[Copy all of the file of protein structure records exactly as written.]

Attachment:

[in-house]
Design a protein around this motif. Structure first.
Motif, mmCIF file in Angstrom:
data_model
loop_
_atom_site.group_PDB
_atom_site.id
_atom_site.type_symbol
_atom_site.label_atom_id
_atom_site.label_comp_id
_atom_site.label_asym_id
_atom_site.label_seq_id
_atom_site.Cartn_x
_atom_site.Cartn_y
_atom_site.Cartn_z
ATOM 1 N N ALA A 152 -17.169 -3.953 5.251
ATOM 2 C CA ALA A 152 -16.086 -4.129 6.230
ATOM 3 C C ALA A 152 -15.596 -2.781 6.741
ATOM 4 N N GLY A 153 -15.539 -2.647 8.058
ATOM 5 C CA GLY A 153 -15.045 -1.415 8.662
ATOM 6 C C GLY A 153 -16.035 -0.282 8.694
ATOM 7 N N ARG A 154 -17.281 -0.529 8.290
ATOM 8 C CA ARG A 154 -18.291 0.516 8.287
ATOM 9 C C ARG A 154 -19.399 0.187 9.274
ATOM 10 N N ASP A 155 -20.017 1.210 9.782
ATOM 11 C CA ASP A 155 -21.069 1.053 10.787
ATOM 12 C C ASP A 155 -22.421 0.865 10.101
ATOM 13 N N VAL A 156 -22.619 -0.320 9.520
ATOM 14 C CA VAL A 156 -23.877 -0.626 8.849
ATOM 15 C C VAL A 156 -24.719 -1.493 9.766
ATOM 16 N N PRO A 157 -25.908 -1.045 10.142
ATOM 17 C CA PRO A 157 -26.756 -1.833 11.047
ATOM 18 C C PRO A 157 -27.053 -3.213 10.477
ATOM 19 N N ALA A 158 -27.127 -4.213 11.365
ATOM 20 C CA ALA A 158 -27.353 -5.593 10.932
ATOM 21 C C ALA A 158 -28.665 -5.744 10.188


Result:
[in-house]
Design a protein around this motif. Structure first.
Motif, mmCIF file in Angstrom:
data_model
loop_
_atom_site.group_PDB
_atom_site.id
_atom_site.type_symbol
_atom_site.label_atom_id
_atom_site.label_comp_id
_atom_site.label_asym_id
_atom_site.label_seq_id
_atom_site.Cartn_x
_atom_site.Cartn_y
_atom_site.Cartn_z
ATOM 1 N N ALA A 152 -17.169 -3.953 5.251
ATOM 2 C CA ALA A 152 -16.086 -4.129 6.230
ATOM 3 C C ALA A 152 -15.596 -2.781 6.741
ATOM 4 N N GLY A 153 -15.539 -2.647 8.058
ATOM 5 C CA GLY A 153 -15.045 -1.415 8.662
ATOM 6 C C GLY A 153 -16.035 -0.282 8.694
ATOM 7 N N ARG A 154 -17.281 -0.529 8.290
ATOM 8 C CA ARG A 154 -18.291 0.516 8.287
ATOM 9 C C ARG A 154 -19.399 0.187 9.274
ATOM 10 N N ASP A 155 -20.017 1.210 9.782
ATOM 11 C CA ASP A 155 -21.069 1.053 10.787
ATOM 12 C C ASP A 155 -22.421 0.865 10.101
ATOM 13 N N VAL A 156 -22.619 -0.320 9.520
ATOM 14 C CA VAL A 156 -23.877 -0.626 8.849
ATOM 15 C C VAL A 156 -24.719 -1.493 9.766
ATOM 16 N N PRO A 157 -25.908 -1.045 10.142
ATOM 17 C CA PRO A 157 -26.756 -1.833 11.047
ATOM 18 C C PRO A 157 -27.053 -3.213 10.477
ATOM 19 N N ALA A 158 -27.127 -4.213 11.365
ATOM 20 C CA ALA A 158 -27.353 -5.593 10.932
ATOM 21 C C ALA A 158 -28.665 -5.744 10.188